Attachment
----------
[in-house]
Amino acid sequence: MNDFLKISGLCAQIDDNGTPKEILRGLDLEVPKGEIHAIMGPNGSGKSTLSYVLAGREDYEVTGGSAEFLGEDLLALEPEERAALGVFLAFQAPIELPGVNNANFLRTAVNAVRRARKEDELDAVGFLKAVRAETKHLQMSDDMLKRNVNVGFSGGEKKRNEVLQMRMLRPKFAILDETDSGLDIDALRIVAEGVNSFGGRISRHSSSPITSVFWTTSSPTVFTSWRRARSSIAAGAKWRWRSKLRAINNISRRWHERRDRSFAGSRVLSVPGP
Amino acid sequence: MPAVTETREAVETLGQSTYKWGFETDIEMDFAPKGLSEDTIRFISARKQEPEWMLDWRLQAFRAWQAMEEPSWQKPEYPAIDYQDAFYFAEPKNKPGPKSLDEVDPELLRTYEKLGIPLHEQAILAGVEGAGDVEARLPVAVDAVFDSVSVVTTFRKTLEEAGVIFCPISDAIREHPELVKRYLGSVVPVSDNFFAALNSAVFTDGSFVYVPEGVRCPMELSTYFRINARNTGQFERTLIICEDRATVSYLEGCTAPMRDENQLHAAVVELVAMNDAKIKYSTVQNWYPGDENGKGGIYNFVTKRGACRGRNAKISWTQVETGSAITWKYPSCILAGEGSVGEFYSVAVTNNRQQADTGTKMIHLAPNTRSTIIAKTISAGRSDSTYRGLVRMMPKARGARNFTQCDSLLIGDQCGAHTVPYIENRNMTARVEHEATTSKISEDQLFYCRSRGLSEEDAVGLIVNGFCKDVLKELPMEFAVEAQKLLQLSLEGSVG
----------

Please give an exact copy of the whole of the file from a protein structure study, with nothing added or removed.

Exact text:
[in-house]
Amino acid sequence: MNDFLKISGLCAQIDDNGTPKEILRGLDLEVPKGEIHAIMGPNGSGKSTLSYVLAGREDYEVTGGSAEFLGEDLLALEPEERAALGVFLAFQAPIELPGVNNANFLRTAVNAVRRARKEDELDAVGFLKAVRAETKHLQMSDDMLKRNVNVGFSGGEKKRNEVLQMRMLRPKFAILDETDSGLDIDALRIVAEGVNSFGGRISRHSSSPITSVFWTTSSPTVFTSWRRARSSIAAGAKWRWRSKLRAINNISRRWHERRDRSFAGSRVLSVPGP
Amino acid sequence: MPAVTETREAVETLGQSTYKWGFETDIEMDFAPKGLSEDTIRFISARKQEPEWMLDWRLQAFRAWQAMEEPSWQKPEYPAIDYQDAFYFAEPKNKPGPKSLDEVDPELLRTYEKLGIPLHEQAILAGVEGAGDVEARLPVAVDAVFDSVSVVTTFRKTLEEAGVIFCPISDAIREHPELVKRYLGSVVPVSDNFFAALNSAVFTDGSFVYVPEGVRCPMELSTYFRINARNTGQFERTLIICEDRATVSYLEGCTAPMRDENQLHAAVVELVAMNDAKIKYSTVQNWYPGDENGKGGIYNFVTKRGACRGRNAKISWTQVETGSAITWKYPSCILAGEGSVGEFYSVAVTNNRQQADTGTKMIHLAPNTRSTIIAKTISAGRSDSTYRGLVRMMPKARGARNFTQCDSLLIGDQCGAHTVPYIENRNMTARVEHEATTSKISEDQLFYCRSRGLSEEDAVGLIVNGFCKDVLKELPMEFAVEAQKLLQLSLEGSVG